Whoever organized the triad gang attacks in Yuen Long in Hong Kong on Sunday is probably pleased with this effect of their intimidation:
- “The heads of 11 universities in Hong Kong have urged their students to refrain from attending a rally in Yuen Long on Saturday citing concerns for their personal safety,” the Hong Kong Free Press reported.
- Then, the protest was banned: “On Thursday, the police issued a letter prohibiting the protest, after considering public safety, public order, other people’s rights and freedom,” also per HKFP.
- However, protesters have found a workaround: BBC correspondent Stephen McDonnel tweeted: “So this is a bit cheeky: Hong Kong protestors denied permission to march on Saturday to the site of last weekend’s triad gang attacks on pro-democracy activists are now saying that they want to gather to commemorate the death of former Premier Lǐ Péng 李鹏.” Hong Kong law does not allow the police to deny permission for religious gatherings, which include mourning ceremonies.
So this is a bit cheeky: #HongKong protestors denied permission to march on Saturday to the site of last weekend’s triad gang attacks on pro-democracy activists are now saying that they want to gather to commemorate the death of former Premier Li Peng. ;-) pic.twitter.com/uLsyRDgmdE
— Stephen McDonell (@StephenMcDonell) July 25, 2019
Other developments related to the volatile situation in Hong Kong:
- Hong Kong: Chairs urge administration to “strongly condemn” threat to deploy PLA / Congressional-Executive Commission on China
“U.S. Representative James McGovern (D-MA) and U.S. Senator Marco Rubio (R-FL), the Chair and Cochair respectively of the bipartisan and bicameral Congressional-Executive Commission on China (CECC) today issued a joint statement urging the Administration to condemn the threat to deploy the People’s Liberation Army in Hong Kong.”
- ‘Let the police do their job’: Hong Kong stock exchange chief cautions against military intervention / SCMP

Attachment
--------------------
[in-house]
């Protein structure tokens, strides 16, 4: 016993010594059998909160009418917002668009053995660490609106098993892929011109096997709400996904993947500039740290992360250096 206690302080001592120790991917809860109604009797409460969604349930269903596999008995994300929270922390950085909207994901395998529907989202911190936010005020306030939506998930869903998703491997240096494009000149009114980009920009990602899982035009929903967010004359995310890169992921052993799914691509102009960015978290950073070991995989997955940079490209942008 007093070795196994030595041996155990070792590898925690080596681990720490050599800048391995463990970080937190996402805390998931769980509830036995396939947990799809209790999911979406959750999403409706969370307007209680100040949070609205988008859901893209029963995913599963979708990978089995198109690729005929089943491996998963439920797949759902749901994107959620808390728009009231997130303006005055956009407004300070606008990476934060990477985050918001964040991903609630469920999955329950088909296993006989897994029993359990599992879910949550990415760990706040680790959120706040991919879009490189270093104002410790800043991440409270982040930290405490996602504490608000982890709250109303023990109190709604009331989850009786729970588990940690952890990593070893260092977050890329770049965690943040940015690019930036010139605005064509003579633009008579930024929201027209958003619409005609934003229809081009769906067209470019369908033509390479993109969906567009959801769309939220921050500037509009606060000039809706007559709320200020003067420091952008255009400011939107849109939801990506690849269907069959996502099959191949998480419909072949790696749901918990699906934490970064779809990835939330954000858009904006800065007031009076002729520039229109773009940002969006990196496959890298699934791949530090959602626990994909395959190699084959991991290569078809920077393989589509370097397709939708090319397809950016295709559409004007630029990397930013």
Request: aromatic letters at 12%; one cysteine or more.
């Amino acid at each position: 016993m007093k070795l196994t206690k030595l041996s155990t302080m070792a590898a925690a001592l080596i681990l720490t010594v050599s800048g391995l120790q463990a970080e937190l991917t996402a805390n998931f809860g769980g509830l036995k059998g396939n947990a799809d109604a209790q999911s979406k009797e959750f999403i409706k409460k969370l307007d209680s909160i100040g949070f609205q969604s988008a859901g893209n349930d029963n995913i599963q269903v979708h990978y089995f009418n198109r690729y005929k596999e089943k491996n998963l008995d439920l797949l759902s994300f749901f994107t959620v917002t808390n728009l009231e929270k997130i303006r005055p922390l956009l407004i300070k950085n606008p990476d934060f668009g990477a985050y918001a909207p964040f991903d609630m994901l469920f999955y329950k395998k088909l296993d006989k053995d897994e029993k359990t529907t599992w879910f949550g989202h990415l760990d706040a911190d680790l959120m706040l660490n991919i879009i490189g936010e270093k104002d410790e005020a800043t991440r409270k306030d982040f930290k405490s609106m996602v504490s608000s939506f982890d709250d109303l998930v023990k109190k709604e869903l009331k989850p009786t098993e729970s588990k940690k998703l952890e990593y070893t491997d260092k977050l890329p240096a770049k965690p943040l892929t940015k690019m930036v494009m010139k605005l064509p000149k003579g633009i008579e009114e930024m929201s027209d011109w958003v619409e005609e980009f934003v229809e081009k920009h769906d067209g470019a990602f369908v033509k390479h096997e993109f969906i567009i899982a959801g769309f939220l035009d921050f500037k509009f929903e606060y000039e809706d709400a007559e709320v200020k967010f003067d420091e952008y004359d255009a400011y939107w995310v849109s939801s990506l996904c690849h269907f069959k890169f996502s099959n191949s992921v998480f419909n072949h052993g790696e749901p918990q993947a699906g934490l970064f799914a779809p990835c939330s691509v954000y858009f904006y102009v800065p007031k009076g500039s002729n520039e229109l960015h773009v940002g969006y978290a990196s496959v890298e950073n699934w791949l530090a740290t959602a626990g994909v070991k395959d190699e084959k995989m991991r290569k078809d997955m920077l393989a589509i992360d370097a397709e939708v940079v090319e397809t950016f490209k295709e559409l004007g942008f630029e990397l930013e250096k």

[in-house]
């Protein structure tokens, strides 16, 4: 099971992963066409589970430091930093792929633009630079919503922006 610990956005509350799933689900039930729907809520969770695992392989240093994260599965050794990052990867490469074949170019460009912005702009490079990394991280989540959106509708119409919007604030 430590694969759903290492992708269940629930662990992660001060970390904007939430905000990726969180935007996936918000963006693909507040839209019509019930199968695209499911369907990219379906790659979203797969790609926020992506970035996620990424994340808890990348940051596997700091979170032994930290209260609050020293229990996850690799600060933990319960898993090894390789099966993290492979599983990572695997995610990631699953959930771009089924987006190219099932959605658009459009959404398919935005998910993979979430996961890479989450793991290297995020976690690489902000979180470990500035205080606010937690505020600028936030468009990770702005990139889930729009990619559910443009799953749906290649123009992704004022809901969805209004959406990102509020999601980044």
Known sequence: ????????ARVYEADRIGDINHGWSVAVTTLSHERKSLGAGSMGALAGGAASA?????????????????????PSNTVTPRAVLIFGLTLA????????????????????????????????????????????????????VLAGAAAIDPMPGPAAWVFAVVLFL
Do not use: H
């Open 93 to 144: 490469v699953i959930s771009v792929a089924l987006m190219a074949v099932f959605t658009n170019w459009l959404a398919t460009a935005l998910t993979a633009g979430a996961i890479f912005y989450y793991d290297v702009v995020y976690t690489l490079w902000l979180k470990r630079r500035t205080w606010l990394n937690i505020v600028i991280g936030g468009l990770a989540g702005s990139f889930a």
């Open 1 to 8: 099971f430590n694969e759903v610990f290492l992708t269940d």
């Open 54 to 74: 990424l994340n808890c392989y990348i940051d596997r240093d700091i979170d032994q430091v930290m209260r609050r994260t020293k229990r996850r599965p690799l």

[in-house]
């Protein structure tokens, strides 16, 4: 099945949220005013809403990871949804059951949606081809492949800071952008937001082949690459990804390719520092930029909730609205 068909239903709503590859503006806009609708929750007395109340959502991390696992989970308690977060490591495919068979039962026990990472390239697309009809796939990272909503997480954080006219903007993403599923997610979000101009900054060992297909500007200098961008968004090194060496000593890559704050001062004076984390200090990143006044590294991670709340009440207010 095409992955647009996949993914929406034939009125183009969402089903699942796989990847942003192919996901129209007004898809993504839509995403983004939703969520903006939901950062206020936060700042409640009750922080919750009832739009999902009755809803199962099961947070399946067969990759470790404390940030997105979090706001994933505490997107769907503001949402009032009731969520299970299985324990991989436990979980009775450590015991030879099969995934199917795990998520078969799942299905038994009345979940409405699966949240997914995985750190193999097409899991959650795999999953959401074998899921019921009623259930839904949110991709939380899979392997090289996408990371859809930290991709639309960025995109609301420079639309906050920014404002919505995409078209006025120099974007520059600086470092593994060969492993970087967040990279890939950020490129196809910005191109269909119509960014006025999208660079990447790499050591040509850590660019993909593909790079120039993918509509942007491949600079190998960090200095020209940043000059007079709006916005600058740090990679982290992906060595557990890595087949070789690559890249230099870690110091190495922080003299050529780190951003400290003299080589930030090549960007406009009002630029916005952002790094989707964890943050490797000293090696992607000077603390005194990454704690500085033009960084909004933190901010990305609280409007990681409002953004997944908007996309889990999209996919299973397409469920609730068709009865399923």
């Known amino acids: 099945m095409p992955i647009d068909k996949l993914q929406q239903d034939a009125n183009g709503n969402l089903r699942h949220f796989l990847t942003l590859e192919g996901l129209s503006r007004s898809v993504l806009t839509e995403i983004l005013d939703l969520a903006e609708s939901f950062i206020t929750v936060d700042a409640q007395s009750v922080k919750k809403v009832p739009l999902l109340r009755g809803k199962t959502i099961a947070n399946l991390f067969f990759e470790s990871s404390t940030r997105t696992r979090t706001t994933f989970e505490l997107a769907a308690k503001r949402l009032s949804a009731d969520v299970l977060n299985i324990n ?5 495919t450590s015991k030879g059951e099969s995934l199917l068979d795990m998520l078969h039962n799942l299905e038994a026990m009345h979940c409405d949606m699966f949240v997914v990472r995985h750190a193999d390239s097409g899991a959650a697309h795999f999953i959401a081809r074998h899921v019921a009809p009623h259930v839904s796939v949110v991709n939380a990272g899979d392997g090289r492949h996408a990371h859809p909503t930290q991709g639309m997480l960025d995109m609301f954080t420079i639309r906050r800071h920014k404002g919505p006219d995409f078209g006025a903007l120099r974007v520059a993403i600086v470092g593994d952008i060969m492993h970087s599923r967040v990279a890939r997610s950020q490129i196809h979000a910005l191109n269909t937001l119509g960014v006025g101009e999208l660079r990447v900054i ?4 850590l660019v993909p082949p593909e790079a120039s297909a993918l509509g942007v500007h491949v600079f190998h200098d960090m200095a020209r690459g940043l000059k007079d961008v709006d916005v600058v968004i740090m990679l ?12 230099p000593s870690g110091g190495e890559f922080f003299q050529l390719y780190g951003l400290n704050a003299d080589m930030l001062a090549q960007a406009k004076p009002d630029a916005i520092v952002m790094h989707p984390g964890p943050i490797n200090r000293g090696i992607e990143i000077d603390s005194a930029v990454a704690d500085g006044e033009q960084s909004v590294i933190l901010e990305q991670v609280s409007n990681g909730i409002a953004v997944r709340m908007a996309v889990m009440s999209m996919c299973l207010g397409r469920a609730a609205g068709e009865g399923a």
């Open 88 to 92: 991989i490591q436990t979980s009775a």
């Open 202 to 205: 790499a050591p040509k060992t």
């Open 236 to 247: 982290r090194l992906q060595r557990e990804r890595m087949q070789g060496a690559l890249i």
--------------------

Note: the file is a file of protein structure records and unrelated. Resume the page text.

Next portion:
The head of the Hong Kong stock exchange has cautioned against Chinese military intervention in Hong Kong, saying it is not up to the People’s Liberation Army to do the police’s job.
Addressing a group of business and professional executives on Thursday, HKEX chief executive Charles Li Xiaojia said the PLA was “supposed to be here to…point [at] outside enemies. It’s not supposed to help Hong Kong to deal with our own problems.”
- Should Beijing intervene forcefully in Hong Kong? / Hu Xijin in Global Times
The editor of the nationalistic tabloid writes, “Would you like Beijing to be forceful, such as ordering the Hong Kong Garrison of the Chinese People’s Liberation Army (PLA) to take to the streets to maintain order? Personally, I am against this idea.” But he goes on to list three scenarios where he could find “a need” for strong intervention.
- 社评：香港出了一批有迷惑性的现代汉奸 / Global Times
The Global Times separately says that protestors in Hong Kong are “confused traitors.”
Links to understand Hong Kong and what is happening now
- ‘I love HK but hate it at the same time’ / ChinaFile
A photo documentary project of Hong Kong identity by Todd R. Darling.
- Six films that explain what’s happening in Hong Kong / Quartz
- What you need to know about Hong Kong’s triads / Inkstone
- What are the triads, and what is their history of violence? / NYT (porous paywall)
Hong Kong-related protest in Australia
- Chinese consulate in Australia praises patriotic students for counter-protest against separatists / Global Times
“China’s Consulate-General in Brisbane, Australia, on Thursday issued a statement praising Chinese students, including those from the Hong Kong Special Administrative Region, at the Australian University of Queensland (UQ) who staged a voluntary patriotic rally in response to two consecutive anti-China and secessionist protests held at the university campus on Wednesday afternoon.”
- UQ students ‘shocked’ by intimidation tactics in China-Hong Kong protest clash / Australian ABC
“Chinese students from both the pro-democracy and pro-Beijing camps at the University of Queensland (UQ) say they were subjected to intimidation tactics after what started as a peaceful pro-democracy protest escalated into a violent scuffle.”